By Bill Tubbs | –
( Iowa Capital Dispatch) – Two years ago in my column in the North Scott Press, I introduced “Signs that the Apocalypse is Upon Us,” to call attention to items which, though they are actually happening, are so surreal that it seems the end of time must be near.
Gov. Kim Reynolds and Moms for Liberty gave us such a moment recently. I wish I were making this up, but sadly, no, the governor, appealing to the prejudices of certain moms, said the Legislature should pass a law banning a book in every school if it is found unfit in any school. This is needed, she said, “to restore sanity, to make sure our schools are a place of learning and not indoctrination.”
She criticized public schools for “demonizing our country.”
The governor was serious, even as the effect of her proposal would be that one overzealous group in one district could cause a book to be banned statewide – to heck with the First Amendment and local control. Note that committees of educators, students, ordinary citizens and administrators already exist in local districts to make those decisions.
CBS Evening News: “Over 170 books banned from Florida school libraries following new education reform”
Reynolds’ Orwelllian idea is surreal. I thought we lived in the land of the free and the home of the brave. The only liberty these groups – and apparently the governor – are interested in is their own; not yours or mine, just theirs.
You can’t be for liberty if you’re banning books.
Fearfully, they speak
Not surprisingly, the books that Moms for Liberty find objectionable deal with sexual awakening and coming of age for gay, lesbian and questioning youth. The objectors state, correctly, that these subjects are better dealt with by parents. Tragically, though, too often, parents who find the materials objectionable are either ill-equipped or unwilling to have those conversations.
The latter may seem presumptuous from a country editor, but my experience as a parent of a lesbian daughter and co-founder with my wife, Linda, of the local PFLAG chapter 20 years ago, inform me otherwise. (The PFLAG chapter is not holding meetings, but members have funded a scholarship at North Scott. Applicants submit an essay on “Why Inclusion Matters.”)
On many occasions at PFLAG meetings (Parents, Friends and Families of Lesbians and Gays), we listened as youth, conflicted about their sexual identity, fearfully poured out their hearts about problems they were having with parents who refused to accept that their child might be among the gay and lesbian population – a certain minority in every period since the dawn of time – including in higher mammals who are not thought capable of making moral choices.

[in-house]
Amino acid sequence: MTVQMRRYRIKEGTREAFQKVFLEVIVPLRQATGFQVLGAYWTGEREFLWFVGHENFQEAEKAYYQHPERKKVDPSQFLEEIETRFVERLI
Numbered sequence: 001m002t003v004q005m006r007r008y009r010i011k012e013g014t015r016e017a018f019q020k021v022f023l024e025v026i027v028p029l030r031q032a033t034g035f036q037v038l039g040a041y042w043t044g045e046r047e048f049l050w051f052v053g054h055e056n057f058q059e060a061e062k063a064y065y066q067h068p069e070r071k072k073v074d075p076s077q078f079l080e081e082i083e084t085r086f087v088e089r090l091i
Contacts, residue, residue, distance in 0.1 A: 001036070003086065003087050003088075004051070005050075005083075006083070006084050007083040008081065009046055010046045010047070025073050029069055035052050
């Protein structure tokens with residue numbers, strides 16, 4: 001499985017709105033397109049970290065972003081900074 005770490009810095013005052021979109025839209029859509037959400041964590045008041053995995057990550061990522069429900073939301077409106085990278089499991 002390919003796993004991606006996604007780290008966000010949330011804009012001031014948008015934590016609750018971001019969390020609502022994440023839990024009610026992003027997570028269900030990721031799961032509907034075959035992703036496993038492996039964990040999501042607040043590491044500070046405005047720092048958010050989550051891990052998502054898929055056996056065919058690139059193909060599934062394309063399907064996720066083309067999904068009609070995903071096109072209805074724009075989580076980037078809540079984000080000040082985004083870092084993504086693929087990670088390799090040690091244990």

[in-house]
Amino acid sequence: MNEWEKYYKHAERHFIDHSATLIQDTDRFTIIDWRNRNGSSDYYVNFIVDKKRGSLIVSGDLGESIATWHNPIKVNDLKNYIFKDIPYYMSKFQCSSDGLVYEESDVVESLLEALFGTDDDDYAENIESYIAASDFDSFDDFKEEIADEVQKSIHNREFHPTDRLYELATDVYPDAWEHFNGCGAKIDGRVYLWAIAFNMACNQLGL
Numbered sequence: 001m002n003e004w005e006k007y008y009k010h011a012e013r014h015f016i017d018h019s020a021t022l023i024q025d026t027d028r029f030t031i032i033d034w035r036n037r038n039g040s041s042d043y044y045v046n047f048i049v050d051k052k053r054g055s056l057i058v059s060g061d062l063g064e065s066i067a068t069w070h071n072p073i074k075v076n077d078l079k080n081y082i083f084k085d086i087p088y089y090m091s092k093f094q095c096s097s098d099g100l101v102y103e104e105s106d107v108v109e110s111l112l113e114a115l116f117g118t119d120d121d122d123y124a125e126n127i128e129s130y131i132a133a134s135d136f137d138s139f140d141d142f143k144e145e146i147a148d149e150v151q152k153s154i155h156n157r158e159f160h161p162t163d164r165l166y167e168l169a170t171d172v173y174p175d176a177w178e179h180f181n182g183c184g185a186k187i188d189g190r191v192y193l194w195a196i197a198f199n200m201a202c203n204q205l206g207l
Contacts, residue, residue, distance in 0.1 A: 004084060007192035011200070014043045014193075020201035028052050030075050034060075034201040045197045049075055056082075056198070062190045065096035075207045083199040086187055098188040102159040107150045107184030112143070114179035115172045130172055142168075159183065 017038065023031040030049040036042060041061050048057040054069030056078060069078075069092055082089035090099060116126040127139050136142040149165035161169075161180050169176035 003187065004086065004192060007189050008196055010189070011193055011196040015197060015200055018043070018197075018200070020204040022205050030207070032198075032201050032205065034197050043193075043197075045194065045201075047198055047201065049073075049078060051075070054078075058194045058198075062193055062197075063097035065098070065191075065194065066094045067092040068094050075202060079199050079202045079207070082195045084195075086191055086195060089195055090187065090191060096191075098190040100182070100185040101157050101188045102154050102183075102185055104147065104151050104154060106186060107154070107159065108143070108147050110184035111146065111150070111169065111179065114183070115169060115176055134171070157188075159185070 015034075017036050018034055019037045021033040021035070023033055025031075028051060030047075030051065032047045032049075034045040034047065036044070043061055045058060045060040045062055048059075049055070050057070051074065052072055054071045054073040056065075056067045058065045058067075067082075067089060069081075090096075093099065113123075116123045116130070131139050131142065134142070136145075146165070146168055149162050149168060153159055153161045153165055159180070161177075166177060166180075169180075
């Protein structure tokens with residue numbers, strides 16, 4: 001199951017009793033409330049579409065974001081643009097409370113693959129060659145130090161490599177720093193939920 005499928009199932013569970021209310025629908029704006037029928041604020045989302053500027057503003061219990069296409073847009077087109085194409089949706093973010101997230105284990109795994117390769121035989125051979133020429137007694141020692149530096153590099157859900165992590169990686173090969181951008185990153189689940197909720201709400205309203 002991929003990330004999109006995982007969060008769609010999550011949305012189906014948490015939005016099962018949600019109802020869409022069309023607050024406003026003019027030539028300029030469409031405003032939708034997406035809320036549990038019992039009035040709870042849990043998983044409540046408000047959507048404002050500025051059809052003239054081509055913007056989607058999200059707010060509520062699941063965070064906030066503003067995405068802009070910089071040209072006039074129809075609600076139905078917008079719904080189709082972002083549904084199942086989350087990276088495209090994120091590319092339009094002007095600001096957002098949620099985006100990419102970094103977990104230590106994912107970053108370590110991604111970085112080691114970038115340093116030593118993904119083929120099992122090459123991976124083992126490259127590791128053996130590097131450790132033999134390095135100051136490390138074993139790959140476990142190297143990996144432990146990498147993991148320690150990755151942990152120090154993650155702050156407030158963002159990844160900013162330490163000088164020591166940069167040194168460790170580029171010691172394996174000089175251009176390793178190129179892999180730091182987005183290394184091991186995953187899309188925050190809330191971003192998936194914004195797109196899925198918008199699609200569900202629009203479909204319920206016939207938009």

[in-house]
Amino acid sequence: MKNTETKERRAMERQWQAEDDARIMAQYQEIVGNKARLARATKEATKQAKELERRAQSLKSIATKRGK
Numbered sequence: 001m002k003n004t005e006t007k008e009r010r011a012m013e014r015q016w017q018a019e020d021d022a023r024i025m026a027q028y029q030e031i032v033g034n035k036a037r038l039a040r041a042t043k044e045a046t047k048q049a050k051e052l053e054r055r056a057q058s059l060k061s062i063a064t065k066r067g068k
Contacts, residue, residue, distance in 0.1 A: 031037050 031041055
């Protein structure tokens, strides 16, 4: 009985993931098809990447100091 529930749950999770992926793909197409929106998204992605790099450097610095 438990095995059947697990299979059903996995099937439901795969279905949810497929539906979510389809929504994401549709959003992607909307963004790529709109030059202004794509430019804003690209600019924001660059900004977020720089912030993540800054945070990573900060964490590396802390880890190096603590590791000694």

Helping kids at school
The lucky ones had parents who were open-minded enough to consider the possibilities – and that having a gay or lesbian son or daughter is not the end of the world. (Actually, it’s quite normal.) But if those positive, constructive conversations cannot happen in the home, then where?
It is into this vacuum that trained educators are prepared to listen and lend a helping hand, without judgment; and, I assert, save lives, because gay and trans youth without family support are twice as likely to be at risk for suicide.
In our PFLAG meetings, we met and dialogued with gay and trans individuals who underscored this point. They feared judgment and exclusion from parents, but often found acceptance and understanding from a public school teacher or counselor.
Significantly, the books that Moms for Liberty and the governor would remove from the shelves are among the helpful resources provided by the teacher or counselor.
A settled issue
The late Episcopalian Bishop John Shelby Spong wrote extensively on this subject. His insights, including analysis of scripture – what it says and doesn’t say about homosexuality – provided a way forward with integrity. He observed that in all of human history, never has a prejudice been raised to the level of public discussion and debate, and gone backward.
Specifically, with regard to homosexuality, 14 years ago he declared inclusion a settled issue. “The battle is over. The victory has been won. There is no reasonable doubt as to what the final outcome of the struggle will be,” he wrote in 2009. “It is time to move on.”
Heroes, victims and villains
The bishop did observe, however, that there would be a backlash, and added, “What’s left to be determined is who will be the heroes, the victims and the villains.”
Indeed, we have seen them all, from heroes like the North Scott students who write persuasively for inclusion in their PFLAG scholarship essays, to the victims like Matthew Shepard, the teenager who was tortured and left to die in the Wyoming prairie, to the villains who would turn the calendar back.
Based on recent statements, I put Moms for Liberty and Reynolds in the latter category, but hold hope that they, too, can change: that parents and schools will be able to give youth the help they need; that a new birth of freedom will win our hearts and sweep our state; that legislators will not rush to judgment; schools like North Scott will retain the local control that is rightly theirs, and collectively, we will renew our commitment to First Amendment principles for all, not just some.
For the sake of the child, and actually, all of us, our future as free people, that is my fervent prayer.
This column is republished from the North Scott Press.